without injuring joints. Swimming, riding a stationary bicycle,
and using a cross-country ski machine are examples of
good exercises for this condition. Electrical stimulation may
also be used to strengthen the muscles.
Increasingly, doctors are using osteochondral grafting, in
which a plug of bone and healthy cartilage is harvested from
one area and transplanted to the injury site. Another relatively
new technique is known as autologous chondrocyte implantation,
or ACI. It involves harvesting healthy cartilage cells,
cultivating them in a lab and implanting them over the lesion.
If these treatments don’t improve the condition, the doctor
may perform arthroscopic surgery to smooth the surface of
the cartilage and “wash out” the cartilage fragments that
cause the joint to catch during bending and straightening.
In more severe cases, surgery may be necessary to correct the
angle of the knee cap and relieve friction between it and the
cartilage, or to reposition parts that are out of alignment.

Traetments

DMARDs are a family of medicines that may be able to
slow or stop the immune system from attacking the joints.
This in turn prevents pain and swelling. DMARDs typically
require regular blood tests to monitor side effects. In addition
to relieving signs and symptoms, DMARDs may help to
retard or even stop joint damage from progressing. However,
DMARDs cannot fix joint damage that has already occurred.
Some of the most commonly prescribed DMARDs are
methotrexate, hydroxychloroquine, sulfasalazine, and
leflunomide.
Biologic response modifiers, or biologics, are a new family of
genetically engineered drugs that block specific molecular
pathways of the immune system that are involved in the
inflammatory process. They are often prescribed in combination
with DMARDs such as methotrexate. Because biologics
work by suppressing the immune system, they could be problematic
for patients who are prone to frequent infection.
They are typically administered by injection at home, or by
an intravenous infusion at a clinic. Some commonly prescribed
biologics include etanercept, adalimumab, infliximab,
and anakinra.
People with any type of arthritis may benefit from exercises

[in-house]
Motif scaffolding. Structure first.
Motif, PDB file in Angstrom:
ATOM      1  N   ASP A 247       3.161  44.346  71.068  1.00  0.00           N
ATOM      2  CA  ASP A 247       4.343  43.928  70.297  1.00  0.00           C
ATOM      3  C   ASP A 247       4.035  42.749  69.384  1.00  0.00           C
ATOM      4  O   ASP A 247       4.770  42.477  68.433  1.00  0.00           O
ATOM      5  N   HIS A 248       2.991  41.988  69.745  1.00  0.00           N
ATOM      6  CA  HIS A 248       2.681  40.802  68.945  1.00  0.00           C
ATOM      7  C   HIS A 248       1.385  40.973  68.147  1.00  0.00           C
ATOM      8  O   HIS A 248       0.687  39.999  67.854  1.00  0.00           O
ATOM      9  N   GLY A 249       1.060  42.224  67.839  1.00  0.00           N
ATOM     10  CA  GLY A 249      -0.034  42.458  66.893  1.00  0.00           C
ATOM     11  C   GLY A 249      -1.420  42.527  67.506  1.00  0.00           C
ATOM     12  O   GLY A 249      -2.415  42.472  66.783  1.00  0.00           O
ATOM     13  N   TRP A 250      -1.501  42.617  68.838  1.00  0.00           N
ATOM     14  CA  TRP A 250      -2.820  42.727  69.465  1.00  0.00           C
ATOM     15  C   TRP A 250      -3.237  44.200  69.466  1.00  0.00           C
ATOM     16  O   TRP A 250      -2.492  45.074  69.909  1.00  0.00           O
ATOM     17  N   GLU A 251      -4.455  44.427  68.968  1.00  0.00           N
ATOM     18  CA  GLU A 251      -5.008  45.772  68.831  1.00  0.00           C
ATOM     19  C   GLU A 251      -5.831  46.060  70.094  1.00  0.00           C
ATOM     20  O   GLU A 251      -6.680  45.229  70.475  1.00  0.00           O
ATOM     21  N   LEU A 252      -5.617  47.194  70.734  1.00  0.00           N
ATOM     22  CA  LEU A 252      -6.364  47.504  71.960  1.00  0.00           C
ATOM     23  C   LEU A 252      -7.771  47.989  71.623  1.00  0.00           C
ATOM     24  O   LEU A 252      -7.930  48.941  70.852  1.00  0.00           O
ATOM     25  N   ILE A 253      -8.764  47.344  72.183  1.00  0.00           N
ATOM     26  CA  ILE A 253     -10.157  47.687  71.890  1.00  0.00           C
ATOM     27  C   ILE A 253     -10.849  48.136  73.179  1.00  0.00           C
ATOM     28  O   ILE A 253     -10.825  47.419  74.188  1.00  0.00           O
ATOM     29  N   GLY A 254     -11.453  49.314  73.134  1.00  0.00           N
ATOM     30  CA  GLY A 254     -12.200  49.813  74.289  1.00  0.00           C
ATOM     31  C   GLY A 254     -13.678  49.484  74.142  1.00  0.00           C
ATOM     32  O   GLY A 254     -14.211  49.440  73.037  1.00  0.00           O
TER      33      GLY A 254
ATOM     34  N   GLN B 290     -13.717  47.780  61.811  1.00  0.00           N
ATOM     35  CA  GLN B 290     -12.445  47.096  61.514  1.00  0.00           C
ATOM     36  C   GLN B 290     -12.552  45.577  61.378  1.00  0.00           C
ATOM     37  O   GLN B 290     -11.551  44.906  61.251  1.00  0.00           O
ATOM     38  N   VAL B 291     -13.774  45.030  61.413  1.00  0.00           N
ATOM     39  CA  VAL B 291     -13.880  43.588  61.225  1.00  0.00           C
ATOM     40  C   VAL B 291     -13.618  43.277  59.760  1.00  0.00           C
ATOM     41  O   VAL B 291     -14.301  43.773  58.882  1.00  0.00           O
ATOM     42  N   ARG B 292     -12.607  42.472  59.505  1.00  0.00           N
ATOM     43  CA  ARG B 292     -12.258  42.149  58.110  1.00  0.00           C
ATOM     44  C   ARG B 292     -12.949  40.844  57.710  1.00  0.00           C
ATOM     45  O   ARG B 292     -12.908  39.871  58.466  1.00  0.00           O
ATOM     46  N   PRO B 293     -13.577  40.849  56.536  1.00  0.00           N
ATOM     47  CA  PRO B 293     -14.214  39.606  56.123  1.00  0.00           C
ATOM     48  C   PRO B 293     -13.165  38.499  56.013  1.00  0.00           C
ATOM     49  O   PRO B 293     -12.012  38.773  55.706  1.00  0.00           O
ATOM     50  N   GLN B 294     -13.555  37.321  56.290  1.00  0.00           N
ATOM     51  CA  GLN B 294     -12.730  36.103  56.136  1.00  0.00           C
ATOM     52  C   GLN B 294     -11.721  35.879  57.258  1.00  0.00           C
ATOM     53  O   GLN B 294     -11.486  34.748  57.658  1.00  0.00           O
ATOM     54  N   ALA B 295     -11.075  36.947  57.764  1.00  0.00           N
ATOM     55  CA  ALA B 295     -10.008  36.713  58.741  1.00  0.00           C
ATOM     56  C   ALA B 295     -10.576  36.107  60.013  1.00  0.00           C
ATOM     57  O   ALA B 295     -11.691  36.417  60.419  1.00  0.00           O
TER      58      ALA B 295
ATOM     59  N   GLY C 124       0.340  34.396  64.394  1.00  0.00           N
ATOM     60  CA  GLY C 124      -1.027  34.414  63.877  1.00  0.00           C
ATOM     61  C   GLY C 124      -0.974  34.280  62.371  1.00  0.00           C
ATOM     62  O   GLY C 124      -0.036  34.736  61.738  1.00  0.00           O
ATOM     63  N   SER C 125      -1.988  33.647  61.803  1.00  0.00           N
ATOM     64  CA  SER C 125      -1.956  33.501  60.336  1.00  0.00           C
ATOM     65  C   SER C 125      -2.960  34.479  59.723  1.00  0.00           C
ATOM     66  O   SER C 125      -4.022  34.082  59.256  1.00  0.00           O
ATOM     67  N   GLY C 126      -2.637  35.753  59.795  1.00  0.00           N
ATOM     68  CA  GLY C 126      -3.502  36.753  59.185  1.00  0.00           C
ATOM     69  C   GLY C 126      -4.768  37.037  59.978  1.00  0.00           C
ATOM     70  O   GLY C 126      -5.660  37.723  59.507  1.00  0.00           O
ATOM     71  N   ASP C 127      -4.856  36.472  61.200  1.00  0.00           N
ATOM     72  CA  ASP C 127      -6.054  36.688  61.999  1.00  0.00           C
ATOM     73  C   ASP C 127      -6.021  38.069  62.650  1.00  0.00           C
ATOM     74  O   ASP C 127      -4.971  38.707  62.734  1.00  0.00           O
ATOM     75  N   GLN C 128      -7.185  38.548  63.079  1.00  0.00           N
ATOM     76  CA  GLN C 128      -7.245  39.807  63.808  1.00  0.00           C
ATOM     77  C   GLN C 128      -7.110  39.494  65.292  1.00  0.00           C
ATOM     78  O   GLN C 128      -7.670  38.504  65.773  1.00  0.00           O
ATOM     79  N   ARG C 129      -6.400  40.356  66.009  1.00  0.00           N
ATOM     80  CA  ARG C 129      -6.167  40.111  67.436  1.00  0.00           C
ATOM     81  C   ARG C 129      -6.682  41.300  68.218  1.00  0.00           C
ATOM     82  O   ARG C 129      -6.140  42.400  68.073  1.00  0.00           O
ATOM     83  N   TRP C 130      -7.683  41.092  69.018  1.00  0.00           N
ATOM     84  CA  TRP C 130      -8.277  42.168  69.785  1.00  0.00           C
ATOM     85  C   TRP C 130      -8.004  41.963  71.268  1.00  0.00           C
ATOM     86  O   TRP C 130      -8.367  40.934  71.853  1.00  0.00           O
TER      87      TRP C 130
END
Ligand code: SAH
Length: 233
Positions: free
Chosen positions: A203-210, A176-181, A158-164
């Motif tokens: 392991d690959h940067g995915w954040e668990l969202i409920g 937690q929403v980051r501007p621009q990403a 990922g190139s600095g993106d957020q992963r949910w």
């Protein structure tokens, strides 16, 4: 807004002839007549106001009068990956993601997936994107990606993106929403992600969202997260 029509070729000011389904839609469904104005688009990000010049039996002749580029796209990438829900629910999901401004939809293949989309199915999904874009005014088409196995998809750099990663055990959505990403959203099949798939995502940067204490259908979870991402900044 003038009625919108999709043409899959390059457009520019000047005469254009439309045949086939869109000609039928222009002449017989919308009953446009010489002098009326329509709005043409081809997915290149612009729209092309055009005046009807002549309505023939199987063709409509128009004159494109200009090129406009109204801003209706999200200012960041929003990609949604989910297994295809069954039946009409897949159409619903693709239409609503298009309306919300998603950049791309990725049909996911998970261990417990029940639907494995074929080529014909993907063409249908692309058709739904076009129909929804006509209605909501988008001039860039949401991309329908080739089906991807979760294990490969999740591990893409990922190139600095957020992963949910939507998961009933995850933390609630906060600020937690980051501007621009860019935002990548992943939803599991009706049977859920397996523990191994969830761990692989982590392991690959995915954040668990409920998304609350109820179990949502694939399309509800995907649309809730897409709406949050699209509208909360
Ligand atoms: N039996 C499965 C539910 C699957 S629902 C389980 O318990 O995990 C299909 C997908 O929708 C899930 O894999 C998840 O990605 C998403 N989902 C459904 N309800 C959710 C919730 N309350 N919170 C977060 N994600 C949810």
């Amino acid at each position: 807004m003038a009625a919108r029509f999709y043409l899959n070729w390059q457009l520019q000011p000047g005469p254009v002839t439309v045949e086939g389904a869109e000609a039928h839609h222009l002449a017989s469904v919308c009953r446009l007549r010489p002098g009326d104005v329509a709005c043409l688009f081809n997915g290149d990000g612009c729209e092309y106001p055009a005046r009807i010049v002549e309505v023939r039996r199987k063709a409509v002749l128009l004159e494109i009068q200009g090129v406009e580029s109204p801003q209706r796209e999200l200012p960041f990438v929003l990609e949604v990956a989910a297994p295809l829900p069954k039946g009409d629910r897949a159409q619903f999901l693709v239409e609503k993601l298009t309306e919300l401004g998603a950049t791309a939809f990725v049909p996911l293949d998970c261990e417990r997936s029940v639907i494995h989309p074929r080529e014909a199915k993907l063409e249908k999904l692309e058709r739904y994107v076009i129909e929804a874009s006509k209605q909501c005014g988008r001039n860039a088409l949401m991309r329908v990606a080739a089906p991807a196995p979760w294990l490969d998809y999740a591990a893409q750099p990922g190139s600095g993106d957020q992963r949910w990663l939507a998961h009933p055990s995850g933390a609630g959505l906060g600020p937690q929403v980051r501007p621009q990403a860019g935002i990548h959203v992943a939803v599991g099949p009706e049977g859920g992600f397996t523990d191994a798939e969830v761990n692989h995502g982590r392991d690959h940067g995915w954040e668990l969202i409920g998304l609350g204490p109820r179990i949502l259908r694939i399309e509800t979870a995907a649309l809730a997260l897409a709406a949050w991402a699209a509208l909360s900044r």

to strengthen the muscles that support the knee and weight
loss, if needed, to relieve excess stress on the joints.
If arthritis causes serious damage to a knee or there is incapacitating
pain or loss of use of the knee from arthritis, joint
surgery may be considered. Traditionally, this has been done
with what is known as a total knee replacement. However,
newer surgical procedures are continuously being developed
that include resurfacing or replacing only the damaged cartilage
surfaces while leaving the rest of the joint intact.

Treatment

Treatment
Like the symptoms, treatment varies depending on the form
of arthritis affecting the knee. For osteoarthritis, treatment
is targeted at relieving symptoms and may include painreducing
medicines such as aspirin or acetaminophen
(Tylenol2); nonsteroidal anti-inflammatory drugs (NSAIDs)
such as ibuprofen (Motrin, Nuprin, Advil); or in some cases
injections of corticosteroid medications directly into the
knee joint. Other treatments for the pain of knee osteoarthritis
include injections of hyaluronic acid substitutes and the
nutritional supplements glucosamine and chondroitin sulphate.
For more information about the use of these two supplements,
see the section titled “What Research Is Being
Conducted on Knee Problems?”
People with diseases such as rheumatoid arthritis, ankylosing
spondylitis, or psoriatic arthritis often require disease-modifying
antirheumatic drugs (DMARDs) or biologic response
modifiers (biologics) to control the underlying disease that is
the source of their knee problems. These drugs are typically
prescribed after less potent treatments such as NSAIDs or
intra-articular injections are deemed ineffective.

Arthritis

Arthritis
There are some 100 different forms of arthritis, rheumatic
diseases, and related conditions. Virtually all of them have
the potential to affect the knees in some way; however, the
following are the most common:
• osteoarthritis. Most people with knee problems have
a form of arthritis called osteoarthritis. In this disease,
the cartilage gradually wears away and changes occur
in the adjacent bone. Osteoarthritis may be caused by
joint injury or being overweight. It is associated with
aging and most typically begins in people age 50 years
or older. A young person who develops osteoarthritis
typically has had an injury to the knee or may have
an inherited form of the disease.